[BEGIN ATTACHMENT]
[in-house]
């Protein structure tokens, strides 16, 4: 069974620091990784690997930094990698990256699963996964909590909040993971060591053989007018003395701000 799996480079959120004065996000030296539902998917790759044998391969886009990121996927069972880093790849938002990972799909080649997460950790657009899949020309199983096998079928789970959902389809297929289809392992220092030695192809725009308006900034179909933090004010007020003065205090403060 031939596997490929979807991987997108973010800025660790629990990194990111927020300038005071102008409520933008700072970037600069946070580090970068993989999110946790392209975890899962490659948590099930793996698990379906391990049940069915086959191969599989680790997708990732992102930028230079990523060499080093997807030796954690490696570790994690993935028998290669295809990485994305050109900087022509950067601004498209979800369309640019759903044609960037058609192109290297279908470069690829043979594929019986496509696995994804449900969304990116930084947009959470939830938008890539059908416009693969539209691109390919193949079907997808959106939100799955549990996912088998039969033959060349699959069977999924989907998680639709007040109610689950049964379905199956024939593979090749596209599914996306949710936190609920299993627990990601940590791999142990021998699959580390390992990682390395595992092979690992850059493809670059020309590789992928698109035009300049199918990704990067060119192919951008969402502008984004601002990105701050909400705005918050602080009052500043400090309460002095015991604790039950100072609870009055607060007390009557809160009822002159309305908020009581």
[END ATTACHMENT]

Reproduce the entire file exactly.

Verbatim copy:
[in-house]
């Protein structure tokens, strides 16, 4: 069974620091990784690997930094990698990256699963996964909590909040993971060591053989007018003395701000 799996480079959120004065996000030296539902998917790759044998391969886009990121996927069972880093790849938002990972799909080649997460950790657009899949020309199983096998079928789970959902389809297929289809392992220092030695192809725009308006900034179909933090004010007020003065205090403060 031939596997490929979807991987997108973010800025660790629990990194990111927020300038005071102008409520933008700072970037600069946070580090970068993989999110946790392209975890899962490659948590099930793996698990379906391990049940069915086959191969599989680790997708990732992102930028230079990523060499080093997807030796954690490696570790994690993935028998290669295809990485994305050109900087022509950067601004498209979800369309640019759903044609960037058609192109290297279908470069690829043979594929019986496509696995994804449900969304990116930084947009959470939830938008890539059908416009693969539209691109390919193949079907997808959106939100799955549990996912088998039969033959060349699959069977999924989907998680639709007040109610689950049964379905199956024939593979090749596209599914996306949710936190609920299993627990990601940590791999142990021998699959580390390992990682390395595992092979690992850059493809670059020309590789992928698109035009300049199918990704990067060119192919951008969402502008984004601002990105701050909400705005918050602080009052500043400090309460002095015991604790039950100072609870009055607060007390009557809160009822002159309305908020009581």